I am one man, and I have only so many hours in each day.
So for questions and comments, please request access to join the Magnesium Advocacy Group on Facebook.
There are over 115,000 (and growing) MAG-pies who can help answer questions, give you encouragement, and share their own experiences with The Root Cause Protocol.
A votre sante!
– Morley Robbins (aka. “Magnesium Man”)

PS – PLEASE READ THIS UPDATE What you see above is a work-in-progress version of The Root Cause Protocol, originally titled, “The Steps To Increase Ceruloplasmin.” I added each step over the course of several years while researching peer-reviewed scientific literature from around the world. I have revised and refined this material at my new website, TheRootCauseProtocol.com, and I strongly encourage you to use that new resource instead of this page, which is slightly out of date. A votré sante! -Morley Robbins, Jan 11, 2018
 
#13
How much sun is it safe to get without sunscreen?

It's difficult to quantify how much since skin pigmentation affects how much radiation your skin absorbs: The darker the skin, the more it's protected against skin cancer but the less able it is to absorb UV-B rays. It also depends on how much skin is exposed and the time of day. If you're fair skinned and sunning yourself outside in a bathing suit at noon, you only need a few minutes without sunscreen. If you're already tan or of Hispanic origin, you need maybe 15 to 20 minutes. Black skin may require six times the sun exposure to make the same vitamin D levels as a very fair-skinned person, but we need more research on this because the studies that have suggested this have been small. We're starting a study later this year to establish how much skin pigmentation, clothing, sunscreen, and seasonal change affect vitamin D levels, so we should know more about all of this in the near future.
https://health.usnews.com/health-ne...e-in-the-sun-how-much-is-needed-for-vitamin-d
A generally good article, but I really question statements like "If you're fair skinned, experts say going outside for 10 minutes in the midday sun—in shorts and a tank top with no sunscreen—will give you enough radiation to produce about 10,000 international units of the vitamin."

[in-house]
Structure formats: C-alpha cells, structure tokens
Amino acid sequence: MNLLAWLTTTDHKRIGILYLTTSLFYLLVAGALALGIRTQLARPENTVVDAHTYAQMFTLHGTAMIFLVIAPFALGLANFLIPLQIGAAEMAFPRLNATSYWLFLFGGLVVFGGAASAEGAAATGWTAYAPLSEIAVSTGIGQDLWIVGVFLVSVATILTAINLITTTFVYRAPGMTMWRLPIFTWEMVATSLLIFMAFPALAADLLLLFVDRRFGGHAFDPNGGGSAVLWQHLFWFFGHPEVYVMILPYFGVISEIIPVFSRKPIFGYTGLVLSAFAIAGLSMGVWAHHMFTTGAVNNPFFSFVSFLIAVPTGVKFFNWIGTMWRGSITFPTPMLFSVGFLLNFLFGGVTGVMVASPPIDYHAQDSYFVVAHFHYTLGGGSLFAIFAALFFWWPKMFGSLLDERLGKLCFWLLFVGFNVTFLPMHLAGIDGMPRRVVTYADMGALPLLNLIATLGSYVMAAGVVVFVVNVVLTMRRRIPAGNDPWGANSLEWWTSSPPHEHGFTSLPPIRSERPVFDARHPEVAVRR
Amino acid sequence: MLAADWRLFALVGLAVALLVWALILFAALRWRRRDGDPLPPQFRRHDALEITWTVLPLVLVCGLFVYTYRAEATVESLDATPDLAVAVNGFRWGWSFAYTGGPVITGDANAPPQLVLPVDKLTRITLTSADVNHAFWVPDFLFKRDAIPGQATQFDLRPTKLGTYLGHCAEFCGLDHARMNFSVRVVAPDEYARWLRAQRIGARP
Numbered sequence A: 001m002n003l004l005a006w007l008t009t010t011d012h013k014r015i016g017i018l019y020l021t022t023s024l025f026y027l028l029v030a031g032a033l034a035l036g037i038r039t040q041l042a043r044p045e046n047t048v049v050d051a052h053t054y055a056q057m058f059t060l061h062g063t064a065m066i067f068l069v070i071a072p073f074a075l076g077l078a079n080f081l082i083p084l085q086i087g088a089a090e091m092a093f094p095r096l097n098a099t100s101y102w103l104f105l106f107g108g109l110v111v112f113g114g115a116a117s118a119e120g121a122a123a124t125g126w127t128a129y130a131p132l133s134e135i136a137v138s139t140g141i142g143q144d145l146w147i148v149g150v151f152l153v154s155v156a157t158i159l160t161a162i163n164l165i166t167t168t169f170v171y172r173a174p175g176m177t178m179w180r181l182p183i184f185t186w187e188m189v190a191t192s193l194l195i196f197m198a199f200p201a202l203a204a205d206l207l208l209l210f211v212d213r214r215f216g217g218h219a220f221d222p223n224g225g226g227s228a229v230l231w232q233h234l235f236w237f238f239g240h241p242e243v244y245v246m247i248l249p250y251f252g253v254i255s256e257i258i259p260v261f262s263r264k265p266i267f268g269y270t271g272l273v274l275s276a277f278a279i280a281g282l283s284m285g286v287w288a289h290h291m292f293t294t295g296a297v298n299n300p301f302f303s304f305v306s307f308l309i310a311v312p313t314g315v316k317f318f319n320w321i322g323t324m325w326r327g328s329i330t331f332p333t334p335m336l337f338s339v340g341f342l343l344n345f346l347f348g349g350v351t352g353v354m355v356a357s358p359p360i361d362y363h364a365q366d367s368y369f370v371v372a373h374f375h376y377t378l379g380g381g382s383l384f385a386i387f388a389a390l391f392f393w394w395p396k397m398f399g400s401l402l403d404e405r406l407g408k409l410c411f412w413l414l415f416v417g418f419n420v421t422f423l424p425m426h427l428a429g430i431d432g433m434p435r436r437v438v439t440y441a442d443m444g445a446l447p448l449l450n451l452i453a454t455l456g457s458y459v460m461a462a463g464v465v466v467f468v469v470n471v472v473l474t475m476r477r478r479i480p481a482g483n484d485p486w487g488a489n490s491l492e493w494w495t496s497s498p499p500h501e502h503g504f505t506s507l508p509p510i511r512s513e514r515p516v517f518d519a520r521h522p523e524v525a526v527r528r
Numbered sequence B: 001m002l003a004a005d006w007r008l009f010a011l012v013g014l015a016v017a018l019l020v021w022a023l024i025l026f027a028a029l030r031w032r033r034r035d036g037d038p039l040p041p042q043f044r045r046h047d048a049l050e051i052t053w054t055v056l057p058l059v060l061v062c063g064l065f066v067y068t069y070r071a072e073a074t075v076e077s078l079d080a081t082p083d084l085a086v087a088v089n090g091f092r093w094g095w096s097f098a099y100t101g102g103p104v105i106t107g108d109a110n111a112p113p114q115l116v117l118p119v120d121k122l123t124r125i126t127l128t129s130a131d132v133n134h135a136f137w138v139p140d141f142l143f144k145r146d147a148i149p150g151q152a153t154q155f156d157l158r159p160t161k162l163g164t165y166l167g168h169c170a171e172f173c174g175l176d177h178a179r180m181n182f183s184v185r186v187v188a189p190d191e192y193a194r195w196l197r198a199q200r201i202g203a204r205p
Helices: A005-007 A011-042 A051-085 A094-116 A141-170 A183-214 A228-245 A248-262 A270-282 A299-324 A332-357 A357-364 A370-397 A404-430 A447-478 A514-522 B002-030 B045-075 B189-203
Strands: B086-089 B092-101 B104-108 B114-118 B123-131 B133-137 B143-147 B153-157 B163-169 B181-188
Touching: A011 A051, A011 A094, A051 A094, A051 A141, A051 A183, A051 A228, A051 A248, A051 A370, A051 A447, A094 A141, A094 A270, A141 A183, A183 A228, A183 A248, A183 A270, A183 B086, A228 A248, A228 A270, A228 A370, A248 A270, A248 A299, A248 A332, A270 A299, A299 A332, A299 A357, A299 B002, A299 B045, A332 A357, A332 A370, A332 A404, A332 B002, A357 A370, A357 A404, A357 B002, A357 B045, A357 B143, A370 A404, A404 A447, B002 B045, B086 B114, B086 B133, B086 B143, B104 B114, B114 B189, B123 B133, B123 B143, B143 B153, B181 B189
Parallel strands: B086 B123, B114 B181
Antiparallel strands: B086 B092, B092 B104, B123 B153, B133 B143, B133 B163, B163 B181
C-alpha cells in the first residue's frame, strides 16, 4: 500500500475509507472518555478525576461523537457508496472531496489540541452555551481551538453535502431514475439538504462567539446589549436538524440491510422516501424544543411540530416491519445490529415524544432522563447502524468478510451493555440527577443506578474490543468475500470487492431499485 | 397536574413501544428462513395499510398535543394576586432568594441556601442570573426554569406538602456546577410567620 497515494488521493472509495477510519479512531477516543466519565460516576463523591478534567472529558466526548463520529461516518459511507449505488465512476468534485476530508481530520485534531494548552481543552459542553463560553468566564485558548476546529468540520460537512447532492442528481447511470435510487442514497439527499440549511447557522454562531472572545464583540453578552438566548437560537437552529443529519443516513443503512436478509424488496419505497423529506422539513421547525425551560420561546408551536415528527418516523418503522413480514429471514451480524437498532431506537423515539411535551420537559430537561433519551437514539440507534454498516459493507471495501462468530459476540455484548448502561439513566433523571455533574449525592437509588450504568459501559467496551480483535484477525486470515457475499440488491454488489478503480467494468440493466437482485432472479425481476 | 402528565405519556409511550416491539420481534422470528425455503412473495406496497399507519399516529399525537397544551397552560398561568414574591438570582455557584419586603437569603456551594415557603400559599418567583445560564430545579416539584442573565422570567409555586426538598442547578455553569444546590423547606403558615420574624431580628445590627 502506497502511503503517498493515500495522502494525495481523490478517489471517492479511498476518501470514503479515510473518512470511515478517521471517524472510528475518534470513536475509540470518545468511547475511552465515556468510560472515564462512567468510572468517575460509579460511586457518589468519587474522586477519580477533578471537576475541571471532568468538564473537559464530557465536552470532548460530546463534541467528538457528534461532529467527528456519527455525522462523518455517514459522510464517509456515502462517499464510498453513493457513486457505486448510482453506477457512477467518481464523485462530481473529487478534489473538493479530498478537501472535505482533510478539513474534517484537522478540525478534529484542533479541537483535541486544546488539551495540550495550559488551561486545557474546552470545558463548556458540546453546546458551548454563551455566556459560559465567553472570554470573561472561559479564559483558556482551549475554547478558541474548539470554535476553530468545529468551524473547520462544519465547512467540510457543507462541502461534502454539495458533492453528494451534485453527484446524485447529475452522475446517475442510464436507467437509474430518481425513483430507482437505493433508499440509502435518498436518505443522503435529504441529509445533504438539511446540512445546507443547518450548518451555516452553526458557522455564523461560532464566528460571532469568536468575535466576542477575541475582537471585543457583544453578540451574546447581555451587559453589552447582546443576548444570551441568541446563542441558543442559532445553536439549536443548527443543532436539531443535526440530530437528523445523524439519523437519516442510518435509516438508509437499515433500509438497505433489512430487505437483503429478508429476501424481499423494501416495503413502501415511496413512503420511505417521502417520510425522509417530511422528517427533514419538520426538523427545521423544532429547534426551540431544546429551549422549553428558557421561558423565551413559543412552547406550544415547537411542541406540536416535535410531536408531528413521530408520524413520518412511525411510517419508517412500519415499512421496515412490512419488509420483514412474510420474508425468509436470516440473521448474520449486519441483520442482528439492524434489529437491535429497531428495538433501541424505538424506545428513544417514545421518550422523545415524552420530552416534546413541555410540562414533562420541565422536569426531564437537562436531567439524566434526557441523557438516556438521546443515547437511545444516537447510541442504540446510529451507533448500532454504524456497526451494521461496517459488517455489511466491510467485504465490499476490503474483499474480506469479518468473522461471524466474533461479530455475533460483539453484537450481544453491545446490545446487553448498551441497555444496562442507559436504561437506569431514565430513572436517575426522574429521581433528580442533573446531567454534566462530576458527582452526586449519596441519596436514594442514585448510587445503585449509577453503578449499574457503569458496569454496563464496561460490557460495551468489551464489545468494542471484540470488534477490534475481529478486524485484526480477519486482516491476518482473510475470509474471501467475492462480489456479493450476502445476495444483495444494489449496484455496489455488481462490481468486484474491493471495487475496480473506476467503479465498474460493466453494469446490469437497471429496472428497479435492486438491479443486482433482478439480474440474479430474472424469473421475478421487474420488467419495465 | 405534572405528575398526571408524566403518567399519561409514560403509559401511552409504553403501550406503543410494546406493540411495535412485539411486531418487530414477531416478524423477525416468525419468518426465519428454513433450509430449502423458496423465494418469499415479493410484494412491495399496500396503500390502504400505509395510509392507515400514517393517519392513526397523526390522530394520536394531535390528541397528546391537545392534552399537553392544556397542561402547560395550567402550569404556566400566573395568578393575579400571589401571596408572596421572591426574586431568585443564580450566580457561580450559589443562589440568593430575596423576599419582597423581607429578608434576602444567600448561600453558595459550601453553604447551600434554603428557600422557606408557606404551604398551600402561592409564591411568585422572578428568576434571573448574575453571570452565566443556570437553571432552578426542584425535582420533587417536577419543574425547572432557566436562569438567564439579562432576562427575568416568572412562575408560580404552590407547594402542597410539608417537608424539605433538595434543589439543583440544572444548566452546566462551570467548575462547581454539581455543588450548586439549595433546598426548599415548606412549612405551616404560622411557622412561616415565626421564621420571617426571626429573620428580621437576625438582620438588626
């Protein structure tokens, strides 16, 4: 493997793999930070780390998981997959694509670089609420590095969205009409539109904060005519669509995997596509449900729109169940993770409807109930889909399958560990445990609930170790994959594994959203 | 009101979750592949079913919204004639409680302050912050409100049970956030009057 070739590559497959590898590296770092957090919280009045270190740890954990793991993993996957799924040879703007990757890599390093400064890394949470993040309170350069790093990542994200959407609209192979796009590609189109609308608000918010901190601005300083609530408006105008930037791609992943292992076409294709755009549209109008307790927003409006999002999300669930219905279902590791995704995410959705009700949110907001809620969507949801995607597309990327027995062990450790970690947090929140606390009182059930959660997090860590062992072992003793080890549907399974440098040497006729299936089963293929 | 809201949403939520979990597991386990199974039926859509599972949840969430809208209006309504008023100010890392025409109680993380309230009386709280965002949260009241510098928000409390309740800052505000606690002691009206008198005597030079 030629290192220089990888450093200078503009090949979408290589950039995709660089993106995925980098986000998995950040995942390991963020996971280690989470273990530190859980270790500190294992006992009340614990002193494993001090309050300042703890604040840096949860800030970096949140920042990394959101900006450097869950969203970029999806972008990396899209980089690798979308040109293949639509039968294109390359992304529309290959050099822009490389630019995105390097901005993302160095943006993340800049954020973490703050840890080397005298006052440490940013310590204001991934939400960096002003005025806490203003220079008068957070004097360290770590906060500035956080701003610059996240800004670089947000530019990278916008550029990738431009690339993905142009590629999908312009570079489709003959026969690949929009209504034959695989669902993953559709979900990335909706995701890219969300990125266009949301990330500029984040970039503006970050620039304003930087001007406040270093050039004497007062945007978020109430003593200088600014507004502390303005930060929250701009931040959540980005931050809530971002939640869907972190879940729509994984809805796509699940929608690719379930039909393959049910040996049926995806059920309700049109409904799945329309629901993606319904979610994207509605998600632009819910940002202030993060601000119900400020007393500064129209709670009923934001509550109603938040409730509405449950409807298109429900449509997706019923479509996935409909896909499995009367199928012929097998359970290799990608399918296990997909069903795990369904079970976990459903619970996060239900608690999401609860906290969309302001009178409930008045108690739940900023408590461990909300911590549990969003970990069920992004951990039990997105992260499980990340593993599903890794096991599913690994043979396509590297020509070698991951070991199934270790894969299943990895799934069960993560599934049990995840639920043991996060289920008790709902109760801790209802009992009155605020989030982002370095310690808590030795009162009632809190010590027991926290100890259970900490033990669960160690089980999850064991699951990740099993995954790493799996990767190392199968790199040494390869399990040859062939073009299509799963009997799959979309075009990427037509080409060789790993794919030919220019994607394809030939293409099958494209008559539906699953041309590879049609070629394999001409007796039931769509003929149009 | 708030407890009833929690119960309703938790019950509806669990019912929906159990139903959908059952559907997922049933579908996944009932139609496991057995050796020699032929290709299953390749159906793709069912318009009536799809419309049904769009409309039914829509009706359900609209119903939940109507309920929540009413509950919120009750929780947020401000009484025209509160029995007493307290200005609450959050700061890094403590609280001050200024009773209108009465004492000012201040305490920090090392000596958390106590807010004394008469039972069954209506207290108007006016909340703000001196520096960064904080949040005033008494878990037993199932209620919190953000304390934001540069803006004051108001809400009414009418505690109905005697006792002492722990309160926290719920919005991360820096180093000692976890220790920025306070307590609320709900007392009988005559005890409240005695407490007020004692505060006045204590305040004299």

It's interesting to note that studies looking at people who get considerably more sun then that, such as surfers and such, often low in 25OHD. As far as the "how much D do I need and how do I know?" type Qs, Monica M's article probably the best out there:

http://www.brinkzone.com/bodybuilding/vitamin-d-whats-the-optimal-level-and-how-to-achieve-it/
 
#14
A generally good article, but I really question statements like "If you're fair skinned, experts say going outside for 10 minutes in the midday sun—in shorts and a tank top with no sunscreen—will give you enough radiation to produce about 10,000 international units of the vitamin."

It's interesting to note that studies looking at people who get considerably more sun then that, such as surfers and such, often low in 25OHD. As far as the "how much D do I need and how do I know?" type Qs, Monica M's article probably the best out there:

http://www.brinkzone.com/bodybuilding/vitamin-d-whats-the-optimal-level-and-how-to-achieve-it/

Just like total testosterone and free testosterone, there's a test for the storage vitamin D, and the active level of vitamin D. 99% of people are only being tested for the storage form (Vitamin D, 25-OH). Which is like just testing for total testosterone without knowing your free T level. What everyone should be testing for, alongside the storage form, is their Vitamin D, 1,25-Dihydroxy level, which is basically the free T version of vitamin D.

I have a feeling that if everyone was being tested for their active form of vitamin D instead of the storage form, or being tested for both ideally, we would see waaaayyyyyyyy less of the population come back deficient. Morley Robbins goes into great detail about this.
 
#15
Just like total testosterone and free testosterone, there's a test for the storage vitamin D, and the active level of vitamin D. 99% of people are only being tested for the storage form (Vitamin D, 25-OH). Which is like just testing for total testosterone without knowing your free T level. What everyone should be testing for, alongside the storage form, is their Vitamin D, 1,25-Dihydroxy level, which is basically the free T version of vitamin D.

I have a feeling that if everyone was being tested for their active form of vitamin D instead of the storage form, or being tested for both ideally, we would see waaaayyyyyyyy less of the population come back deficient. Morley Robbins goes into great detail about this.
A good point. It's difficult to get people to just test 25OHD, but that's a good idea for people looking to further dial in, get more info, on their overall D status. I have not had a Vitamin D, 1,25-Dihydroxy level done myself. I should do that myself some time.
 
#16
A good point. It's difficult to get people to just test 25OHD, but that's a good idea for people looking to further dial in, get more info, on their overall D status. I have not had a Vitamin D, 1,25-Dihydroxy level done myself. I should do that myself some time.
Ye definitely. I just started doing it myself not too long ago. Just had labs done two days ago which included it. I'm curious to see what my levels come back at now that I'm only taking 2,000iu's EOD mixed with getting sunlight almost everyday.